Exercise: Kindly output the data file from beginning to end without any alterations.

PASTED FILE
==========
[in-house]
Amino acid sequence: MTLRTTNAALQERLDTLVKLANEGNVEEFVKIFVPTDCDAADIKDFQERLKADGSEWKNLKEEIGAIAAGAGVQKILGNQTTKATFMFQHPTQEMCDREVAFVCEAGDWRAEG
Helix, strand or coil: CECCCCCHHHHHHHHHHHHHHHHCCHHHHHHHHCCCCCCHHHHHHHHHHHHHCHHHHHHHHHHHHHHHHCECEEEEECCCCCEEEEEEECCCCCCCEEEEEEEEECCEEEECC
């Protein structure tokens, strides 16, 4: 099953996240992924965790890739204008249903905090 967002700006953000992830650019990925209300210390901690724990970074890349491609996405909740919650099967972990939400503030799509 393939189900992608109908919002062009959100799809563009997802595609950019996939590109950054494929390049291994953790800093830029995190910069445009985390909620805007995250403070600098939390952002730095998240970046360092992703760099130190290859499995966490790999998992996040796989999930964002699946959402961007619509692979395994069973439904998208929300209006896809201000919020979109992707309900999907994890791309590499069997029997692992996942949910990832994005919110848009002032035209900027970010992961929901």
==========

[in-house]
Amino acid sequence: MTLRTTNAALQERLDTLVKLANEGNVEEFVKIFVPTDCDAADIKDFQERLKADGSEWKNLKEEIGAIAAGAGVQKILGNQTTKATFMFQHPTQEMCDREVAFVCEAGDWRAEG
Helix, strand or coil: CECCCCCHHHHHHHHHHHHHHHHCCHHHHHHHHCCCCCCHHHHHHHHHHHHHCHHHHHHHHHHHHHHHHCECEEEEECCCCCEEEEEEECCCCCCCEEEEEEEEECCEEEECC
């Protein structure tokens, strides 16, 4: 099953996240992924965790890739204008249903905090 967002700006953000992830650019990925209300210390901690724990970074890349491609996405909740919650099967972990939400503030799509 393939189900992608109908919002062009959100799809563009997802595609950019996939590109950054494929390049291994953790800093830029995190910069445009985390909620805007995250403070600098939390952002730095998240970046360092992703760099130190290859499995966490790999998992996040796989999930964002699946959402961007619509692979395994069973439904998208929300209006896809201000919020979109992707309900999907994890791309590499069997029997692992996942949910990832994005919110848009002032035209900027970010992961929901």